May 27, 2011 / 5:22 AM / in 8 years

U.S. oil ends up as gasoline soars pre-holiday

NEW YORK (Reuters) - U.S. oil prices regained their footing near the close to end slightly higher on Friday, finding support from gasoline futures, which soared in anticipation of higher demand this summer driving season.

An employee holds a gas pump to refill a car at a petrol station in central Seoul April 6, 2011. REUTERS/Lee Jae-Won

Gains were limited, however, as a plunge in U.S. home sales added to festering economic worries, erasing much of the day’s earlier gains sparked by a weaker dollar.

Gasoline futures rose for the sixth straight session, ahead of the summer driving season that kicks off with the long Memorial Day holiday weekend.

Industry data showed pending sales of existing U.S. homes fell more than expected in April to hit a seven-month low, dashing hopes for a recovery in the vital housing market.

The report capped the week’s series of disappointing news about the economy that has kept U.S. crude shackled near $100, after recovering from a $20 fall three weeks ago.

“The weak home sales data signifies the U.S. economy is sputtering rather than improving nicely,” said Gene McGillian, analyst, at Tradition Energy, in Stamford, Connecticut

“U.S. crude has hit over $100, but is having a hard time moving further up because of economic uncertainty,” he added.

U.S. crude for July delivery settled at $100.59 a barrel, up 36 cents. For the week, U.S. crude gained $1.10, or 1.12 percent.

In London, ICE Brent for July delivery settled at $115.03 a barrel, off 2 cents. For the week, Brent crude gained $2.64, or 2.35 percent.

Pre-holiday volume was light, with U.S. crude tallying 375,000 lots, 42 percent below the 30-day average, with about an hour left in the day’s trade.

Brent volume was about 270,000 lots, down 39 percent from the 30-day average.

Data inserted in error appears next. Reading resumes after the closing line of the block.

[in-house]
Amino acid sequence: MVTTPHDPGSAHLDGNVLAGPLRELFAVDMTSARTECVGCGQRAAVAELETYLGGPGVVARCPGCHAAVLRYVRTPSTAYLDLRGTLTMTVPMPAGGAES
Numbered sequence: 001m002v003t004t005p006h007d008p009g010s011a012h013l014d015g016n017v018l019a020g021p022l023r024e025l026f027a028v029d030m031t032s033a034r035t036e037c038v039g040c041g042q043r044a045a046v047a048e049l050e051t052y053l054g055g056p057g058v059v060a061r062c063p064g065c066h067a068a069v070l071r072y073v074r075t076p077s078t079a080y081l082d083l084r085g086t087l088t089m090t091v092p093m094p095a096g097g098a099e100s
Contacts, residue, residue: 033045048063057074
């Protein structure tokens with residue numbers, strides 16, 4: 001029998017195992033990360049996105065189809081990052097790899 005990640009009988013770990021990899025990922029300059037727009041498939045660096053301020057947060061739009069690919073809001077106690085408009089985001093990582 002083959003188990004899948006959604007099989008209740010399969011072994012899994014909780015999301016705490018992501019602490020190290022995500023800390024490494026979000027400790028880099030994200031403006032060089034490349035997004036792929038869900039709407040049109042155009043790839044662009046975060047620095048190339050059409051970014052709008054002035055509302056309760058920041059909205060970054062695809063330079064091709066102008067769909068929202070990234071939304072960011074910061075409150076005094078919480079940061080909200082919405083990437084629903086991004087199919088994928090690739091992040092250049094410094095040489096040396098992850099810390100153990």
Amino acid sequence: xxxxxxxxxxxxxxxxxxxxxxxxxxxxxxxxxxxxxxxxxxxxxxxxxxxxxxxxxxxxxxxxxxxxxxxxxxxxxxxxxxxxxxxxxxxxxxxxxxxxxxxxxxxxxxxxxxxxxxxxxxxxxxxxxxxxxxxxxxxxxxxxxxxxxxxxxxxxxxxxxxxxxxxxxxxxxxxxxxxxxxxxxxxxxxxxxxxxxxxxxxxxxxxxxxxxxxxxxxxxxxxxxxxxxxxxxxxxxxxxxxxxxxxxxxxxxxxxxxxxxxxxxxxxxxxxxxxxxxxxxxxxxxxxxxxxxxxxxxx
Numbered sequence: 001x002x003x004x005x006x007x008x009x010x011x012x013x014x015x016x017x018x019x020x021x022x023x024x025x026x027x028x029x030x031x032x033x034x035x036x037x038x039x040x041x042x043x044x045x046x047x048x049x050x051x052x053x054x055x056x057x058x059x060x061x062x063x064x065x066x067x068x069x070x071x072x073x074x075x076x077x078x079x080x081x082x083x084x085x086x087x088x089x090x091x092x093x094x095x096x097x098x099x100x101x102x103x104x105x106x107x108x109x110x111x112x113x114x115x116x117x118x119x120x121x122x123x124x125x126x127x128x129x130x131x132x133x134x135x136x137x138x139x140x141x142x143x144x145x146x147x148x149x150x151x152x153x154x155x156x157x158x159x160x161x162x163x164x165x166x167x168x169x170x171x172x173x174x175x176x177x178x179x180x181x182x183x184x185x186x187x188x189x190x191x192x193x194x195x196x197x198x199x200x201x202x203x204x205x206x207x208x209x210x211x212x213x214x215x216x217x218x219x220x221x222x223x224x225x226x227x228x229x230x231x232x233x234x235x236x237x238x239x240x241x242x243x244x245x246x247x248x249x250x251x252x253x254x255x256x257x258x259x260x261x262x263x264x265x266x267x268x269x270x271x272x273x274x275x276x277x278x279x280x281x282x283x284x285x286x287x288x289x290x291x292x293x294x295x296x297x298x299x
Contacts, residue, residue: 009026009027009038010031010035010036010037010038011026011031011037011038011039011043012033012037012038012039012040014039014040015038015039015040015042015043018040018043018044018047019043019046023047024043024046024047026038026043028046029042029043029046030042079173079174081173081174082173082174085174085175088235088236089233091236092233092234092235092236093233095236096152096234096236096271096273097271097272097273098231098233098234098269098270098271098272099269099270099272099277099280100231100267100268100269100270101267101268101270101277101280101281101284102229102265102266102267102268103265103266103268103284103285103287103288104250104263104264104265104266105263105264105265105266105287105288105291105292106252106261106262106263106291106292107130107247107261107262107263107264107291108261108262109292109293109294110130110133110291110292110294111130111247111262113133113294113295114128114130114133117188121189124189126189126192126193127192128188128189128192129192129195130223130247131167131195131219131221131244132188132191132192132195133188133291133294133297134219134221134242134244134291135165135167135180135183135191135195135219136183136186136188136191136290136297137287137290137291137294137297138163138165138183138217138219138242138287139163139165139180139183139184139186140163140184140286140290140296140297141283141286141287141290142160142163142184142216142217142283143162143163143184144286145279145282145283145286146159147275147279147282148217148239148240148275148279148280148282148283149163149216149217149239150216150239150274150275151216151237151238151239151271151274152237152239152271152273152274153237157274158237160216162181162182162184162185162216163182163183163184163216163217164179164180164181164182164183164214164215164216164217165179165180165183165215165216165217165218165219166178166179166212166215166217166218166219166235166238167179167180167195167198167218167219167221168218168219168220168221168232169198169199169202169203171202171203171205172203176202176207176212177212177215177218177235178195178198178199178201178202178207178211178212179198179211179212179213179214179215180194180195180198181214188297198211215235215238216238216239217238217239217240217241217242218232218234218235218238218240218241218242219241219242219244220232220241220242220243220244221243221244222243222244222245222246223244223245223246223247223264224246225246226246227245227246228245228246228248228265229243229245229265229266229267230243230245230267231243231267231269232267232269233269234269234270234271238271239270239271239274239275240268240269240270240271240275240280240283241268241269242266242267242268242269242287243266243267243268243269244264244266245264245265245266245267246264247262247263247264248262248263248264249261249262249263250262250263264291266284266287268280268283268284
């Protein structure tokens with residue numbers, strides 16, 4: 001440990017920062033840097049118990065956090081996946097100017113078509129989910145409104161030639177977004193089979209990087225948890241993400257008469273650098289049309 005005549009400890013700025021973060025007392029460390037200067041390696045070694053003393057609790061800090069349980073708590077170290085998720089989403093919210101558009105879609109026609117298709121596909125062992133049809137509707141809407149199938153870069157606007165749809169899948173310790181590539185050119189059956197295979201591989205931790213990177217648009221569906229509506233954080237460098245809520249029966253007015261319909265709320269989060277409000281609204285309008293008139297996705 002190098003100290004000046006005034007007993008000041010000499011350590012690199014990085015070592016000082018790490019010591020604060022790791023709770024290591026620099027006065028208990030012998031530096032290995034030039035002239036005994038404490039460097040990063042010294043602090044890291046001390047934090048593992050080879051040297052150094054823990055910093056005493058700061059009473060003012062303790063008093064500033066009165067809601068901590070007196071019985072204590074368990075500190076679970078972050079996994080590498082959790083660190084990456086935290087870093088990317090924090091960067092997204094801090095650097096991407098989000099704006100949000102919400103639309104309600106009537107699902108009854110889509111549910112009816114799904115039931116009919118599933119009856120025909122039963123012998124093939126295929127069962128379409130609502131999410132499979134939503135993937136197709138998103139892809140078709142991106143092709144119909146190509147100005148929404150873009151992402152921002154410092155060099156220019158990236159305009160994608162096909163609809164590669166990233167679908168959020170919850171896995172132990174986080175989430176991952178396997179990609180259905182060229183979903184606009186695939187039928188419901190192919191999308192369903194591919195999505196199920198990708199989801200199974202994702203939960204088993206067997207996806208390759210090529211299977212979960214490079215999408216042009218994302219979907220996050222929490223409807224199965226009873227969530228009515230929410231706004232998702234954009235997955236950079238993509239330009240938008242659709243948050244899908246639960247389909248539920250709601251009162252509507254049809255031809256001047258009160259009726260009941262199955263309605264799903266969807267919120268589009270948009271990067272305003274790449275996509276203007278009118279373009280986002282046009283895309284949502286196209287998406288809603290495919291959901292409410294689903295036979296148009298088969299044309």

Trading on the floor of the New York Mercantile Exchange will be closed on Monday. Electronic trading will proceed as usual, with a trading halt from 1:15 p.m. EDT (1715 GMT). Trading resumes at 6 p.m. EDT. The London market is closed for a bank holiday.

The shaky trajectory in oil prices all week has kept the Reuter-Jefferies CRG index .CRB, a global benchmark for commodities, modestly up 0.8 percent for a third week of gains. But the index was set to end the month down more than 7 percent after the plunge in many commodities in early May.

Oil futures were under pressure also as OPEC oil output was expected to have increased this month due to extra oil from Saudi Arabia, Nigeria and Iraq, according to a Reuters survey.

Supply from all 12 members of the Organization of the Petroleum Exporting Countries is expected to average 28.90 million barrels per day this month, up from a revised 28.79 million bpd in April, the survey of oil companies, OPEC officials and analysts found.

U.S. GASOLINE UP, MIDEAST TENSIONS WATCHED

U.S. gasoline for June delivery RBM1 settled at $3.0920 a gallon, rising 4.37 cents, or 1.43 percent, the highest close since May 11. For the week, the contract gained 15.62 cents, or 5.3 percent.

Gasoline rose early on news of an overnight shutdown of three refineries in Texas City, Texas, due to a city-wide power outage.

By midmorning Friday, the refineries, which account for 4 percent of U.S. refining capacity, had restarted operations, after power was restored.

In late trading, the U.S. dollar was down 0.87 percent against a basket of major currencies, with the euro rising to cap off its best week since late April on comments that financially ailing Greece was likely to cope with its heavy debt. <USD/> .DXY

Investors kept watch over tensions in the Middle East and North Africa, especially after news that Russia was ready to mediate in the Libyan crisis following its partners in the Group of Eight.

On Thursday, data showed the U.S. economy expanded at an unrevised 1.8 percent annual rate in the first quarter, less than expected, while corporate profits shrank and weekly jobless claims rose, sparking oil’s decline of more than 1 percent.

Additional reporting by Alex Lawler and Zaida Espana in London; Editing by Marguerita Choy

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